RAVPower 30W 3-port USB UK wall charger review

RAVPower 30W 3-port USB wall charger
RAVPower 30W 3-port USB wall charger

The RAVPower RP-PC020 is a 30W 3-port USB wall charger that, as the name suggests, allows up to three devices to charge simultaneously.

Each port offers the same output: DC 5V at a maximum of 2.5A, so it should be suitable for charging anything from the most humble feature phone to a smartphone or tablet; I’ve used mine to charge all three without incident. The built-in iSmart technology adjusts the output automatically so that each device charges quickly and safely.

The charger comes packaged in a small, sturdy white box with a simple and attractive design. It already looks and feels like a quality product.

Opening the box I was greeted by the quick start guide (written in six languages: English, German, French, Spanish, Italian and Japanese) draped over the charger, and a friendly “Hello” written on the cover. I like it already.

Inside the box, the charger was wrapped in a plastic sleeve and nestled between two cardboard arms within the box, offering excellent protection for transit or an accidental drop. The only other item in the box is a small card with details about a free 12-month extended warranty.

The charger itself seems solid: this feels like a quality product. The model I have is encased in hard, shiny white plastic with RAVPower written on one side and iSmart on the other. On the side closest to the floor when plugged into a wall socket is written model name and number, input and output values plus various other health and safety icons. The remaining sides offer the UK 3-pin plug and opposite it three USB type A ports.

When plugged in and switched on the USB ports light up, a light blue/white colour, which makes plugging USB cables into it in the dark a little easier — even if you always try to plug it in the wrong way first… oh for when USB C becomes the standard).

One niggle I have with many computer-related plugs is that when plugged into a multisocket block many plugs are too long and so obscure the socket opposite, reducing the number of available sockets by one. Happily this is not one of them: the body of the charger does not extend beyond the height of the plug meaning that you can always plug in something else opposite. The whole unit is really neat and portable; I wouldn’t think twice about throwing this in my bag and taking it with me — it takes up hardly any space at all.

All in all, I am delighted with this adapter. As I’ve already said, it feels like a quality product, I love that the sockets light up, and that it can handle three cables at once means that I now use this as my primary adapter for my smartphone and tablet, with a spare socket for guests or my children’s Amazon Fire tablets. I would wholeheartedly recommend this adapter.

In the interests of transparency: I was sent this product by RAVPower for review. I am not connected to the company in any way apart from having been a former customer.

PREVIEW: Krysthla—Peace in our Time (2017)

Krysthla—Peace in our Time (2017)
Krysthla—Peace in our Time (2017)

This evening I previewed the forthcoming album Peace In Our Time (2017) by British five-piece metal masters Krysthla.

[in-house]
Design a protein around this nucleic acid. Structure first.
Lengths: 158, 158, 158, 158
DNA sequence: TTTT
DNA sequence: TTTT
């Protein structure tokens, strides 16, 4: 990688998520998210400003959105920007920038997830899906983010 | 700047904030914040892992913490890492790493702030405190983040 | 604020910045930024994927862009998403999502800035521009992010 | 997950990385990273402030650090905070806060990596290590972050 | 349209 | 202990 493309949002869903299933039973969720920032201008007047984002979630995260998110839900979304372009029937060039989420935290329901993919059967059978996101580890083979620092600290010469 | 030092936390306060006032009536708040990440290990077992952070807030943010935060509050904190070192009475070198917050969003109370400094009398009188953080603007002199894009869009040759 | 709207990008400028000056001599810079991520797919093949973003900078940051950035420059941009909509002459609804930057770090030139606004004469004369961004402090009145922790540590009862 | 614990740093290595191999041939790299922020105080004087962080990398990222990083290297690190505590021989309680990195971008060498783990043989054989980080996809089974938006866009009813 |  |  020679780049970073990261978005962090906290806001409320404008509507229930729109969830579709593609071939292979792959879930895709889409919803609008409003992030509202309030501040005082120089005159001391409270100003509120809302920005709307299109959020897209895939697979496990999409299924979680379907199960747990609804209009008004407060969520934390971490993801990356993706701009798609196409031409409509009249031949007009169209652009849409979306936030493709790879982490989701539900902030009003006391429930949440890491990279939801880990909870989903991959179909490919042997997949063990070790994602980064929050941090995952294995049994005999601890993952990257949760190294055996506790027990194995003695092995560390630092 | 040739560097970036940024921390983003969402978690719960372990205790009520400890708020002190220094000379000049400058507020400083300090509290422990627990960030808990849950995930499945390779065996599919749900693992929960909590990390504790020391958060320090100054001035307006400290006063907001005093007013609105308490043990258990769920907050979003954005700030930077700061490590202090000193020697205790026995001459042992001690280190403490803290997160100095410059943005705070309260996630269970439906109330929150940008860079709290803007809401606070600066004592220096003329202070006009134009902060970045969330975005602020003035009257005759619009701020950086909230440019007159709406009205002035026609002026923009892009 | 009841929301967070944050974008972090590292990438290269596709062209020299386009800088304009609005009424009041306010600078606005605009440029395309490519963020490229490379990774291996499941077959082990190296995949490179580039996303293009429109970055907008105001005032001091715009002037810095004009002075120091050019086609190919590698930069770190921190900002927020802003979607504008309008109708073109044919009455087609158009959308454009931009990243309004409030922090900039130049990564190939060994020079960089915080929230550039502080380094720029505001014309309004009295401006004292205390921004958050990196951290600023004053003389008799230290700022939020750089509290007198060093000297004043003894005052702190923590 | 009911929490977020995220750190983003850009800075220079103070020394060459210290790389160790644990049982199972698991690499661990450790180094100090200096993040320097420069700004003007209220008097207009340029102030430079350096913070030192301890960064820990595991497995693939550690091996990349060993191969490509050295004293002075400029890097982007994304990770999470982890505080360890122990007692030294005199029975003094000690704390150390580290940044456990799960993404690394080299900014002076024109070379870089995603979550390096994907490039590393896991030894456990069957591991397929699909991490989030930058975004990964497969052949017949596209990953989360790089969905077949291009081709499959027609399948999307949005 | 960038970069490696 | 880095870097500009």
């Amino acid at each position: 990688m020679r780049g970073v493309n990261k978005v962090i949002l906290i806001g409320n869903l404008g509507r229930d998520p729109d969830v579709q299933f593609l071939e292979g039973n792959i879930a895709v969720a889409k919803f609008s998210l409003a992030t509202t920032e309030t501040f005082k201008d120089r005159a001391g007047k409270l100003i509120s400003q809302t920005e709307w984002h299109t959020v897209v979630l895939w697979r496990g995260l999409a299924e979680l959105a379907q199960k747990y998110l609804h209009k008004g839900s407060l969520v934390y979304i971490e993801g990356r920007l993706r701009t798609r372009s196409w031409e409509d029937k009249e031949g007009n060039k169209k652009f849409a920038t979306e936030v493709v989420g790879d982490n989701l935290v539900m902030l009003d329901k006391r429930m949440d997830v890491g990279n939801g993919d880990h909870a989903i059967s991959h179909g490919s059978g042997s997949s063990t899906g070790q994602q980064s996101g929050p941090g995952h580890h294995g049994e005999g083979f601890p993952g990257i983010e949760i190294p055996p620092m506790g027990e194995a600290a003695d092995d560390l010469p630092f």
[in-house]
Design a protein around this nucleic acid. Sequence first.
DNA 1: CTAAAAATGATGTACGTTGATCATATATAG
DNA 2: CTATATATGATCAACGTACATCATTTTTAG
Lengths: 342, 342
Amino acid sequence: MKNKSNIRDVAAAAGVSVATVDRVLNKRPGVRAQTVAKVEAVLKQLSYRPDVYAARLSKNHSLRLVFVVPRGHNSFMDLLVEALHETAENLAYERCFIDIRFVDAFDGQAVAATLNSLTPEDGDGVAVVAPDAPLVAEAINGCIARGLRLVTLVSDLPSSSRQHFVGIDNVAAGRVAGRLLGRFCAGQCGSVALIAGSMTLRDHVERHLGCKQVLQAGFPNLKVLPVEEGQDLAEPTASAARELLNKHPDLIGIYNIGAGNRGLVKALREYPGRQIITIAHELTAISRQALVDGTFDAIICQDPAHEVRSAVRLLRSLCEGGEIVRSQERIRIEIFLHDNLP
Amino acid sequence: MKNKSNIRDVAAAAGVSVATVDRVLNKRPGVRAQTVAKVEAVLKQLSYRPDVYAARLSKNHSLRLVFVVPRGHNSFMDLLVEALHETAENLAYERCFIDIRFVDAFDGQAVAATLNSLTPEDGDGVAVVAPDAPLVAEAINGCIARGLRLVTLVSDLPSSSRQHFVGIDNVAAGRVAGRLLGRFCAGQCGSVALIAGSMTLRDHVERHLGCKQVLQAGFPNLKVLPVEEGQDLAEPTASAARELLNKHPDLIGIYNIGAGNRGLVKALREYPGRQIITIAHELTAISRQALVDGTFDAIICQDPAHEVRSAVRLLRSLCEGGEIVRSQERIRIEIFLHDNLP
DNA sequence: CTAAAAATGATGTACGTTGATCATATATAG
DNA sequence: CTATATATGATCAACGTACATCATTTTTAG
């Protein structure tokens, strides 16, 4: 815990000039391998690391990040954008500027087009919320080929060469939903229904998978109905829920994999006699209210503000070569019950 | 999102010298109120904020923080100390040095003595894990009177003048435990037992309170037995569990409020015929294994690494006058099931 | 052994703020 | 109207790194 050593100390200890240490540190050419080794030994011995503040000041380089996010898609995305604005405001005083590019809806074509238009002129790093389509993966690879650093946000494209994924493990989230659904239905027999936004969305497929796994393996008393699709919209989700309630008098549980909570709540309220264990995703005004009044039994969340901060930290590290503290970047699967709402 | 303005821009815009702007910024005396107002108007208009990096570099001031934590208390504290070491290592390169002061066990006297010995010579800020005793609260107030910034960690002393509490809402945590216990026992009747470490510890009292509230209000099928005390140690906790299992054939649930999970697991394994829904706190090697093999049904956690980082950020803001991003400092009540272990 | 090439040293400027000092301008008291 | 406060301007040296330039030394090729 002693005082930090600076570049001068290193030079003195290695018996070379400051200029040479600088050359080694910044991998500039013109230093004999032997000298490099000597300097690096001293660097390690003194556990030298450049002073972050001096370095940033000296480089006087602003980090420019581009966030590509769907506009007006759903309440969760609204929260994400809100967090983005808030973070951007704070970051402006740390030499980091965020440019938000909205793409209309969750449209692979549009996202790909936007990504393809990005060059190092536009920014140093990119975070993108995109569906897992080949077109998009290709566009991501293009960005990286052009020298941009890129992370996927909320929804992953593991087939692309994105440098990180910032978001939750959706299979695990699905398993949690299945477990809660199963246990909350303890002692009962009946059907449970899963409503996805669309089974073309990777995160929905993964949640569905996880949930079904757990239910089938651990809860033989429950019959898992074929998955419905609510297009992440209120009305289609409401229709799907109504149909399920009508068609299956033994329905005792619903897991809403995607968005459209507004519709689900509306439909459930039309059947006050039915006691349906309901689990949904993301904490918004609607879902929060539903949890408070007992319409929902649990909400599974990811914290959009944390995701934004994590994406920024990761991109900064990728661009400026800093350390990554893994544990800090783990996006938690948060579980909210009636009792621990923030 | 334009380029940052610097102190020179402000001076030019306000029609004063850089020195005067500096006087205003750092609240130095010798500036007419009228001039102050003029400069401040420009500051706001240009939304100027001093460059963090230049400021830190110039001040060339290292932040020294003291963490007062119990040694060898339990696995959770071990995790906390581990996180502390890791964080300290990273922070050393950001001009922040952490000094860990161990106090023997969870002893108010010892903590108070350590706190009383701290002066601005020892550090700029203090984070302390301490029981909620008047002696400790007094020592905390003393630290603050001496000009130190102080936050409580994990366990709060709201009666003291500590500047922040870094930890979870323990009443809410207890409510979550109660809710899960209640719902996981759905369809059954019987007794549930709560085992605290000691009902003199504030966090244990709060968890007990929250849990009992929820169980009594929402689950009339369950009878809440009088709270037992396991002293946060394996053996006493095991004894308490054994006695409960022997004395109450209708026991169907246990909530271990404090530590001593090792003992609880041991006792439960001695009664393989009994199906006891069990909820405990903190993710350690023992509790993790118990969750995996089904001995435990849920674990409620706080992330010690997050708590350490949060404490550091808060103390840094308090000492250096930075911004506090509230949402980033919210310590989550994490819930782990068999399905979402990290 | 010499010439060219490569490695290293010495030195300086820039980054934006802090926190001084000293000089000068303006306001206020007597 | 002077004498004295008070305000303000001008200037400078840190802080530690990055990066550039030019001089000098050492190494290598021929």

Like their debut, this album is amazing. And like their debut, I also gave this 100%.

Read the review...

I fully intend to see them live on their UK tour in May. Who’s with me?

Valiant Hearts—The Great War: game review

Valiant Hearts—The Great War. A soldier stands wearing a backpack, beside a medical dog wearing a red cross.
Valiant Hearts—The Great War

I’m not a particularly keen, or good, gamer. My PC games are mostly limited to a few Call of Duty titles (for the interactive, cinematic experience), a few variations of the Chinese game mahjong, chess, the magnificent Dear Esther (which has unfairly been described as ‘a walking simulator’), and quite a few LEGO games.

A couple of weeks ago I downloaded Valiant Hearts via Steam; it was on special offer. I finished it last week—it was brilliant!

Valiant Hearts is set during world war one, which ties it in nicely with the centenary of its outbreak.

It follows the journeys of four ordinary people’s experiences of war.

  • Emile is a French farmer who becomes a prisoner of war, and later escapes.
  • Karl is Emile’s (I guess) son-in-law. He’s a German, living in France, who gets recalled back to fight for Germany.
  • Freddie is an American soldier who is fighting to avenge the death of his wife in a German bombing attack.
  • Anna is a Belgian nurse who attends to wounded soldiers (both German and allied forces) on the battlefield.

Besides the playable characters there is also a dog, Walt, who can be used to solve puzzles. You can also stroke him, and tickle his tummy, which is a really sweet addition.

I found the game entirely gripping. From the artwork, to the music and sound effects, to the puzzles, to the characters,  to the historical detail. While the characters and story line is fictional, it is based on historical fact which makes it all the more moving.

I love that one of the main characters (Anna) is a woman, and a strong woman at that. She is brave and compassionate.

I had read quite a few reviews before I played the game where people confessed that they cried at the end of the game. As the final level was loading I considered this. I had been moved by the stories, I had identified with the characters, but I didn’t feel this was enough to make me cry.

I was wrong. As the final level progressed, I cried.

If you’re looking for a great adventure-style, puzzle game, then I can thoroughly recommend Valiant Hearts. It gets a 10/10 from me.